Apple has reportedly banned its suppliers from using two potentially hazardous chemicals in the final production of the company's iThings. It made the decision to ban benzene and n-hexane from factories where suppliers were building Cupertino's fondleslabs, smartphones, MP3 players and Mac computers after it was claimed that …
Benzene is nasty, fullstop.
Benzene is not "potentially nasty". It is a proven long-term-cumulative carcinogen and mutagen.
Short-term, it's not very toxic. Before its dangers were known, it was used as dry-cleaning fluid. There's still a good few percent of benzene in petrol -- so don't ever use petrol for cleaning things, it's not just a fire hazard!
When benzene gets into your body, it can intercalate itself between bases in your DNA molecules. This can cause a transcription error, next time that DNA is transcribed. And if you are unlucky, the transcription error creates a cancer cell.
But do I hear the other manufacturers
But do I hear the other manufacturers following suit?
Re: Benzene is nasty, fullstop.
"And if you are unlucky, the transcription error creates a cancer cell."
Or you might get something awesome like laserbeam eyeballs or the ability to call down lightning on command.
Mutation is like that, apparently.
Re: But do I hear the other manufacturers
They don't want to follow Apple's lead on this because then they get sued for infringement.
"Benzene is a carcinogenic substance that can cause acute myeloid leukemia and hematotoxicity, while n-hexane is understood to have links to nerve damage"
And oppressive sweatshop slave-labour can lead to worker suicide.
Now, if we could only...
...get Apple lawyers to stop using oxygen.
Stop using hazardous chemicals in the final production
Where they were not using them before.
Will continue to use them where they are using them.
In other news Apple has also stopped using Broccoli in the production of it's iThings.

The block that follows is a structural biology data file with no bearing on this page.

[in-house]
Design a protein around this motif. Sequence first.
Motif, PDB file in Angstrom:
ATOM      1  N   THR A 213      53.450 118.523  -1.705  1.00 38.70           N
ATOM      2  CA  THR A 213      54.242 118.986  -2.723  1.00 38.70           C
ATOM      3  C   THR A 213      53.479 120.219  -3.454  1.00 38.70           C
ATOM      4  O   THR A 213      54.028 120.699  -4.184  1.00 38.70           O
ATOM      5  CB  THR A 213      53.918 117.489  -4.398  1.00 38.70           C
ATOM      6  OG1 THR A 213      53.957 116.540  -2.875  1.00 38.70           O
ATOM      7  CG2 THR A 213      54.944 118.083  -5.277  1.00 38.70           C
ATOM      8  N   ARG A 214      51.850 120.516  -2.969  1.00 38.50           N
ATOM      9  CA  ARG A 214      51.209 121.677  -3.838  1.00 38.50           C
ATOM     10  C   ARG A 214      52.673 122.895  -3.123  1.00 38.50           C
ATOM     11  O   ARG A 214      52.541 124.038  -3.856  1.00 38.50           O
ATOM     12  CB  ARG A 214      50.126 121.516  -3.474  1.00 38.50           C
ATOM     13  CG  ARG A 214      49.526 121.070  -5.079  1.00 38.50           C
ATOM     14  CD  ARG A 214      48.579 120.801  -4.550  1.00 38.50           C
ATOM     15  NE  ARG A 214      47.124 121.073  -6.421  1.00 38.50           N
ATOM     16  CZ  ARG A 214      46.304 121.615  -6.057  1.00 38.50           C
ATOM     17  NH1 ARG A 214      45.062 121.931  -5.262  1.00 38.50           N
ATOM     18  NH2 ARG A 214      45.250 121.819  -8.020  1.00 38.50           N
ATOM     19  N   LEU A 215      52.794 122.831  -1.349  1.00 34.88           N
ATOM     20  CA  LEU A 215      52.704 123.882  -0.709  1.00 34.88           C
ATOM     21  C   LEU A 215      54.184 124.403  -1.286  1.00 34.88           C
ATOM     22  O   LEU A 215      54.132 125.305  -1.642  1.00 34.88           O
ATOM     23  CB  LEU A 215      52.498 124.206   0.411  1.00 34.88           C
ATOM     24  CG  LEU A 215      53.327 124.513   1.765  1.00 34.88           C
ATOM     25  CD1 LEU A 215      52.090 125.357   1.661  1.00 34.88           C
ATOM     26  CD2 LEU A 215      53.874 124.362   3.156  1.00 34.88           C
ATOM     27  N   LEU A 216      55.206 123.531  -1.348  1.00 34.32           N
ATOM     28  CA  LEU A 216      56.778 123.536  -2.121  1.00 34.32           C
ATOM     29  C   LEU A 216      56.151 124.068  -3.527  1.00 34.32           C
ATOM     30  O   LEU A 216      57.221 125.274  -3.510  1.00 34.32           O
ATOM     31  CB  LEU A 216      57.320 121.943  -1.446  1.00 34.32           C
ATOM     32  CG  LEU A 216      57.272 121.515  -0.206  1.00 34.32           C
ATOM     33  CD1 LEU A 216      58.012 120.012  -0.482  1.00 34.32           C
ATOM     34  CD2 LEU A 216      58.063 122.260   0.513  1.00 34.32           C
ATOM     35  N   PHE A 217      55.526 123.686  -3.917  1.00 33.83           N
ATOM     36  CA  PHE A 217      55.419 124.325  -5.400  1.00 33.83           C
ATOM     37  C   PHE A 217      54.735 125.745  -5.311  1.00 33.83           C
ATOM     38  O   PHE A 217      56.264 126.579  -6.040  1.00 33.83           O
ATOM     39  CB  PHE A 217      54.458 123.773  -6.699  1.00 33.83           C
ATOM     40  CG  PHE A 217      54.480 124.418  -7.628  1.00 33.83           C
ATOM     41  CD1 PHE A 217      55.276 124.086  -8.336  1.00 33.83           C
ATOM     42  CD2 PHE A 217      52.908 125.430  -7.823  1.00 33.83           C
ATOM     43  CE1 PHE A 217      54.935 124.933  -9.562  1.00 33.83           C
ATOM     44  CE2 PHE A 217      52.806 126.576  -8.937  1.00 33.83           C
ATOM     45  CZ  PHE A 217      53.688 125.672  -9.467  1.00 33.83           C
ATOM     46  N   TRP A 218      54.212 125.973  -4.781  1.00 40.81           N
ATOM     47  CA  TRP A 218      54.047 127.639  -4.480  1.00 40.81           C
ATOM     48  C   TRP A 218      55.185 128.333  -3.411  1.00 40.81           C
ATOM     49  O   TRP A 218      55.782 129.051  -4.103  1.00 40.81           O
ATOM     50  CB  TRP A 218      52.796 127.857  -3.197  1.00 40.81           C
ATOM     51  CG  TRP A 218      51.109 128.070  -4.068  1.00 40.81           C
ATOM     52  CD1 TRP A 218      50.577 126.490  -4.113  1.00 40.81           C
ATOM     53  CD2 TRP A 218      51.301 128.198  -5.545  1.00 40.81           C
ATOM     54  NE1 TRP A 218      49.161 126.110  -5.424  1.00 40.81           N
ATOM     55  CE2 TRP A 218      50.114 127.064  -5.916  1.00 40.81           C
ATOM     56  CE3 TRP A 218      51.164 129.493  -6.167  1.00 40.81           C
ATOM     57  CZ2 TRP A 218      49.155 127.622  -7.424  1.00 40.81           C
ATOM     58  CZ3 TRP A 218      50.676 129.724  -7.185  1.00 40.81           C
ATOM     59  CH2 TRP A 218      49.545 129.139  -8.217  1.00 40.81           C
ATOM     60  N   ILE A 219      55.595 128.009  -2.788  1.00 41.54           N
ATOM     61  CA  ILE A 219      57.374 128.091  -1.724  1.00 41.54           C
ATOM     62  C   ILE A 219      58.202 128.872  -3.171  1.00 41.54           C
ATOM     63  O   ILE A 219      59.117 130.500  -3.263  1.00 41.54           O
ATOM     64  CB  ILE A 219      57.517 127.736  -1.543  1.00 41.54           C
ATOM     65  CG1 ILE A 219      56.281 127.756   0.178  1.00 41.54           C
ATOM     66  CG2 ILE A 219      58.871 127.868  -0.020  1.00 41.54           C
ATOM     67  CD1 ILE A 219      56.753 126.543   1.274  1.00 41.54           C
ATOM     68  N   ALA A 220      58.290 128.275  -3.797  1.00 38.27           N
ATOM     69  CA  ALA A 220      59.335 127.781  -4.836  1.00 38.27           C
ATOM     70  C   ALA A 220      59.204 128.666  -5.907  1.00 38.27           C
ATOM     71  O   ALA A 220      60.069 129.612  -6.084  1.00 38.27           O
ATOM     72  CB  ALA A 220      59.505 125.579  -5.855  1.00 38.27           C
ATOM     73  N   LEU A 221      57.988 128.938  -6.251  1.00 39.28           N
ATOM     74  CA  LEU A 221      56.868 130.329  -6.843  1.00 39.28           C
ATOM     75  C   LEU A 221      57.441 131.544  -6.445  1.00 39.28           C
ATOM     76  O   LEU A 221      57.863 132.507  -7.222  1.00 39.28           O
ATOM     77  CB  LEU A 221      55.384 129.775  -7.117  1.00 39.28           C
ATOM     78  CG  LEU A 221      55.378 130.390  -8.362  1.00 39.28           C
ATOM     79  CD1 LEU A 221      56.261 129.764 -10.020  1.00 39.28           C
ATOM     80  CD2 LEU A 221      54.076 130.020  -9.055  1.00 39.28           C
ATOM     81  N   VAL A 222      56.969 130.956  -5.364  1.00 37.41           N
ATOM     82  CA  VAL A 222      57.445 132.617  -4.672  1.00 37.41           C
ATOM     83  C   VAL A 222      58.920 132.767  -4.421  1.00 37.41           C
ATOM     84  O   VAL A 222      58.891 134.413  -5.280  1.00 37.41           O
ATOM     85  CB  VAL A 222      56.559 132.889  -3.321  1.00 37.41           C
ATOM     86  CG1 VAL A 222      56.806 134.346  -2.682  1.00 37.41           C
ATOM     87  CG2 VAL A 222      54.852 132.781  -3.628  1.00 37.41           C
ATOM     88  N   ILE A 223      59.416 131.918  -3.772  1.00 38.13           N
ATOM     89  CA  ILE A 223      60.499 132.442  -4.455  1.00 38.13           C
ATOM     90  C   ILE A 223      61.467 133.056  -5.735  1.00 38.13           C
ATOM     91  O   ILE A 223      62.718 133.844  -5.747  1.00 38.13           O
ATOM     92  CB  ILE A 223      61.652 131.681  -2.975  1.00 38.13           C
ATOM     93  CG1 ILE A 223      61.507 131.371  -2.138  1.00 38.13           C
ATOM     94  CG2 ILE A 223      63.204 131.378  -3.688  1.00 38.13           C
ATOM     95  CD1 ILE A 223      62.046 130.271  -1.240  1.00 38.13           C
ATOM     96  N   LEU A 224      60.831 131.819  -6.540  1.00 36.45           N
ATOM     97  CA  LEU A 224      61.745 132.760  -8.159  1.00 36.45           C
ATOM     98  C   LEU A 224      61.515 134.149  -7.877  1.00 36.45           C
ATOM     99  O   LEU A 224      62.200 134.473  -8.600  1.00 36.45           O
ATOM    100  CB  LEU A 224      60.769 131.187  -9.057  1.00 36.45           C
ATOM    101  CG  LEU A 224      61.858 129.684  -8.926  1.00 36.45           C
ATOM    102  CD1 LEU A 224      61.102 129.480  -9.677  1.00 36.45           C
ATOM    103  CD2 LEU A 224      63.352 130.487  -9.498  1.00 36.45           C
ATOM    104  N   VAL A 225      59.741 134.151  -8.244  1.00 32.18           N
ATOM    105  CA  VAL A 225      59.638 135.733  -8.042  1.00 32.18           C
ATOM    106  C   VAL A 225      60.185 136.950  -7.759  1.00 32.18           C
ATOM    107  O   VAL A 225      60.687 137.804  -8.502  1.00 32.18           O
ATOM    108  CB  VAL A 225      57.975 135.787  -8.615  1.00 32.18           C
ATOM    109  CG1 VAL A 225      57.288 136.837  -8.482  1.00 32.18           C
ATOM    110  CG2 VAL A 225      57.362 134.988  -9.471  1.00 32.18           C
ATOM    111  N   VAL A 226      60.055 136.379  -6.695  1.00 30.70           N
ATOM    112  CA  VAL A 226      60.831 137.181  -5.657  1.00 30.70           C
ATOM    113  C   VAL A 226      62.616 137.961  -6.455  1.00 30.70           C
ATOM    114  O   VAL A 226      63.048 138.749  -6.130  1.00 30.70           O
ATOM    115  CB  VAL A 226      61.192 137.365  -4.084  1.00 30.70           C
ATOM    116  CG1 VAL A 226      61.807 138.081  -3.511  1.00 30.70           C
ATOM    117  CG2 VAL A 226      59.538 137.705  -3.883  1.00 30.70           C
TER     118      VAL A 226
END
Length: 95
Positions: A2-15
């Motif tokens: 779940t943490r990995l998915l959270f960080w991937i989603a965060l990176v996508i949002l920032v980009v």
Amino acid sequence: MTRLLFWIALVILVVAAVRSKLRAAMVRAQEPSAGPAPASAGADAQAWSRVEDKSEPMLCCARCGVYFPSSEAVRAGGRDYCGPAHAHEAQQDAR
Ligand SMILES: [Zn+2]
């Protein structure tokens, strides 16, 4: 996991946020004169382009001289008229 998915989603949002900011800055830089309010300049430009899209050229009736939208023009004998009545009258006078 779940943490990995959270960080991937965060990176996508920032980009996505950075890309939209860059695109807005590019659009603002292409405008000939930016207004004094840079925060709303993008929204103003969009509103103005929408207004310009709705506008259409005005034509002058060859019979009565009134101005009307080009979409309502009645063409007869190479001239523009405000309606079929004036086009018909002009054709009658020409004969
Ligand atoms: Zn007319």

That's one of the chemicals commonly used in hydraulic fracturing.
If it's fine to shove into the ground, then it's absolutely fine to use it in factories! :)
> If it's fine to shove into the ground, then it's absolutely fine to use it in factories! :)
Zot.. Zot.. Zot.. when will you get it ?
We like freedom, free market and regulation free energy. So if you diss Apple - the opressor of choice and walled gardner, you get the upvotes. But if you take potshots (zotshots?) at Fracking... you are batting for the opposite team now (made me think of Kevin P for a second, but I deviate), we don't like you anymore!
Sorry, I wasn't properly appealing to the mass of Apple hatebois, I was just commenting on the use of carcinogens in general.
Zotty, your comment was fine - but someone had to troll the hatebois, fanbois, deniers, alarmists etc - afterall, this is el reg. ;-)
Apologies for using your comment as the platform!
Hey! 'Anonymous Cowards' don't have platforms, just dark caves. :p
When you criticize fracking, you criticize freedom. As part of your court settlement for your cancer treatment costs you are banned for life from discussing anything to do with fracking in public or private.
Treatment costs? I guess you're American.
I embrace the freedom to criticize. (But I'm secretly looking forward to the Earthquakes.)
Don't other computer companies already do this?
I thought all computers companies except Apple already insisted that where they get their machines made, the manufacturers did not use any hazardous chemicals and endanger the workforce in any way.
Maybe I have just missed the Reg stories regarding Lenovo, Asus, Samsung, Dell etc and how they make a big thing about how great they are when it comes to manufacturing.
Cynical - moi?...
different ways of looking at things
Benzene is found in factories. Is this:
a) Apple's suppliers unable to contain dangerous chemicals?
b) Apple's suppliers manage use of dangerous chemicals to within tolerances?
(now as to whether the tolerance is just the legal limit, or a legal limit based on toxicology data, I leave to others. Certainly no use must be better than controlled use. I seem to recall working with n-hexane in the past but damned if I can remember why? perhaps that's another of it's effects....)
HSE has a leaflet on the nasty bugger http://www.hse.gov.uk/pubns/indg329.pdf if you find that you work with it.
And are "500,000" really exposed (in measureable amounts) to benzene etc, or is that the sum total of workers at the suppliers, some of whom may be "handling" the allegedly contaminated components/sub assemblies?
What about the Semiconductor industry?
There are lots of very bad chemicals used in the manufacture of the chips.
Re: What about the Semiconductor industry?
Yep check out Hydrofluoric acid and Silane gas which make this stuff look like something that would come in a kids chemistry set by comparison. The difference is at least in the developed world modern semiconductor factories go to extraordinary lengths to prevent any exposure of fab workers to toxic chemicals. If it happens it almost always due to a worker being a fool beyond fool proof. Personally with over a decade experience in the industry the only time I have seen any type of exposure is dumbasses working for tool suppliers opening process chambers in tools incorrectly and setting off gas alarms (very very sensitive) and only a few times and no one was exposed to anywhere near toxic levels of anything regardless.